Mingcong aged oolong

A very generous friend, S, from Malaysia sent me a bunch of teas recently, and among the samples (and a full cake too) is this, a little gem from the past.  I’m not entirely sure how old this is, but from the packaging it looks to be at least 20 years or more.  It’s a small packet of Wuyi tea.

Photobucket

Photobucket

The name on the front is Mingcong (famous bush) while on the back it just says, very helpfully, China oolong tea.  The bag is very stained from the years of rest it’s taken.  When I opened it up, I can clearly smell the aged-ness of the tea — slightly sour, with that distinctive aged oolong fragrance that can’t be faked.

The dry leaves are quite broken.  The tea was well roasted when it came out.

Photobucket

From the taste of the tea, it seems like it’s some sort of shuixian.  The initial two infusions are slightly sour, but not enough to make it unpleasant.  The sourness, as it should, goes away, and a nice, deep aged Wuyi taste lingers.  This is pretty decent tea.  Just judging by the looks, it looks like some dark cooked puerh.

Photobucket

Stuff like this are always a treat, as they are mellow and easy to drink.  I’m a big fan of good aged oolong for a reason; they are tasty and don’t cost nearly as much as aged puerh does these days.  They also last quite a while, if the tea is good.  I wonder how much this tea was.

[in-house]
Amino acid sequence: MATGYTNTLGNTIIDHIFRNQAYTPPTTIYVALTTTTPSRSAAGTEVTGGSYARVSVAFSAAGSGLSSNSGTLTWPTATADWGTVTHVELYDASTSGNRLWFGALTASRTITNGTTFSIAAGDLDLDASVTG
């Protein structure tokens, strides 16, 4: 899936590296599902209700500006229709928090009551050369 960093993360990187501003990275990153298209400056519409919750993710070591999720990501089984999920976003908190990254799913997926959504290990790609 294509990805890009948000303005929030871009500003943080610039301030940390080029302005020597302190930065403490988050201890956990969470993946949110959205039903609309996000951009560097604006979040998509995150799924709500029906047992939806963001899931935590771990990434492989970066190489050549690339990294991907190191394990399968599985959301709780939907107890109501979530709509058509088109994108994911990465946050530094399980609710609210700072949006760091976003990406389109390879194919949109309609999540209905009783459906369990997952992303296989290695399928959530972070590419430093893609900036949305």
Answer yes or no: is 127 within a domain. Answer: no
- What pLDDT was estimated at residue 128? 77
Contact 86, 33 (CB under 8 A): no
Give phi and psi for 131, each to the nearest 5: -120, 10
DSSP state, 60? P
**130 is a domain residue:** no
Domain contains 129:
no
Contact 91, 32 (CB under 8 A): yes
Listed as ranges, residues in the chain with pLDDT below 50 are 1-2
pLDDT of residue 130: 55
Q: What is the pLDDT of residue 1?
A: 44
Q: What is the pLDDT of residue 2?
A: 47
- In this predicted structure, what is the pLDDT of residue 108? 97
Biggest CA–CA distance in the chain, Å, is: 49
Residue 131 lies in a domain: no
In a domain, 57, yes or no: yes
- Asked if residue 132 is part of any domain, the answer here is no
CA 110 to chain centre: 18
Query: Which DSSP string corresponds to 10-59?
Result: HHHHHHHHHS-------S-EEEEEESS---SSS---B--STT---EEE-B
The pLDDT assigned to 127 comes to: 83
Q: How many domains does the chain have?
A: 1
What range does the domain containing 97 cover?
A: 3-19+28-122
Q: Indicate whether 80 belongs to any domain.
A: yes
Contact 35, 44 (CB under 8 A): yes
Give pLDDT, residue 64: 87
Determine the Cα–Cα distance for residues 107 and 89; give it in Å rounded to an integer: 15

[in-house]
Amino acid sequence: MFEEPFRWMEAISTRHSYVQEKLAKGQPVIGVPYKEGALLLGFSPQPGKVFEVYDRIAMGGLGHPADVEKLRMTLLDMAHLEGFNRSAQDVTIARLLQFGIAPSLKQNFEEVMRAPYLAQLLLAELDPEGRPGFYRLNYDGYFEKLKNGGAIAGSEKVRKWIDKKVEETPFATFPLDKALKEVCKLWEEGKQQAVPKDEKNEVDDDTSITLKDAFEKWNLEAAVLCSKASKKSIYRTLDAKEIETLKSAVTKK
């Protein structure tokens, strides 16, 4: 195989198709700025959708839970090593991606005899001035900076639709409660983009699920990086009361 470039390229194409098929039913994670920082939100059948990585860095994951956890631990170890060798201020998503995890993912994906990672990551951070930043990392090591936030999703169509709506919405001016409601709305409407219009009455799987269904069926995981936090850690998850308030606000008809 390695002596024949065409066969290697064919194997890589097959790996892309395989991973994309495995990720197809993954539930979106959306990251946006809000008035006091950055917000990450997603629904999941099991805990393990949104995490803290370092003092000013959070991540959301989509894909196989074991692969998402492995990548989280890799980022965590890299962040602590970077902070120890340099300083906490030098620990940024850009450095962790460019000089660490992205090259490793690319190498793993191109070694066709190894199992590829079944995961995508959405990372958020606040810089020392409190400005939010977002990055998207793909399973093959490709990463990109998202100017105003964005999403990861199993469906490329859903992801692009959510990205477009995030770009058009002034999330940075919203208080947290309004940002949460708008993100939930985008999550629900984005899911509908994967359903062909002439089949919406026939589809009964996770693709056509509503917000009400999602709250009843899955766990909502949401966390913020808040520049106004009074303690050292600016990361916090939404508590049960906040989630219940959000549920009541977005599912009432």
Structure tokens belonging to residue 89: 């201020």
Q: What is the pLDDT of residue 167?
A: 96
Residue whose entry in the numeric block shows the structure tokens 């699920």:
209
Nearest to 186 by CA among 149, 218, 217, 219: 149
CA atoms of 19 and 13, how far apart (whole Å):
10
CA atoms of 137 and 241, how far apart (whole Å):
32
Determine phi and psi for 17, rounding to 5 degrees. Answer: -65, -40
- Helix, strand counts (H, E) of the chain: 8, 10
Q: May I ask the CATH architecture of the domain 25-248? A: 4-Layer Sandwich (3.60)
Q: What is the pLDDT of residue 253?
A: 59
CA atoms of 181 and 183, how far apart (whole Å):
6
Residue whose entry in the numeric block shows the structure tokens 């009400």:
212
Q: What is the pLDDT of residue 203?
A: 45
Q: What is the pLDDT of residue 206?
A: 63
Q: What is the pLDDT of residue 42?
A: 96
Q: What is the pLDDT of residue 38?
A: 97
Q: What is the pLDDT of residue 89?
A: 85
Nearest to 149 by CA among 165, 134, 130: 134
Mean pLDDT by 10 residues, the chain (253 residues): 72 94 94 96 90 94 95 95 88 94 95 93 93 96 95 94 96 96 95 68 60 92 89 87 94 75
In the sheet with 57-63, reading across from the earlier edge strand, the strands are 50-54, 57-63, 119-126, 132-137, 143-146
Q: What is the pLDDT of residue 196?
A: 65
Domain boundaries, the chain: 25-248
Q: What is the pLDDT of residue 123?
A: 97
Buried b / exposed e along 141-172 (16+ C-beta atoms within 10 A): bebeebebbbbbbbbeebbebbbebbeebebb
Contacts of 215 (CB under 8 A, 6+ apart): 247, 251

Photobucket

The leaves are dark, but still flexible.  Good tea — thanks S!


Comments

Mingcong aged oolong — 8 Comments

  1. I love those nostalgia old packages. A friend sent me a small pack of Tie Luo Han of 20 years old. I am still admiring the paper pack and haven’t opened it yet.
    I also got some “1990 wuyi” from a collector in Xiamen. It seems that before Wuyi got popular in a broader market, a lot of these products not sold specifically in categories. Probably many of them are tea blended with shui xian and rou gui, and possibly others.

  2. What do you make of the unusual characters used to “spell” Ming Cong in the first photo, especially the Ming character, which means “tea leaves”, not “famous”?

  3. Yummy, I love aged yan cha. I have some 1990ish Tie Luo Han that comes in similar paper wrappers. Not so much sourness, but a great medicinal taste that evolves over the brewing sessions. It often seems to me that aged oolong can’t go quite the distance (in terms of numbers of infusions) as aged puerh, but I doubt there’s a rule about that…

    Ben M

Leave a Reply

This site uses Akismet to reduce spam. Learn how your comment data is processed.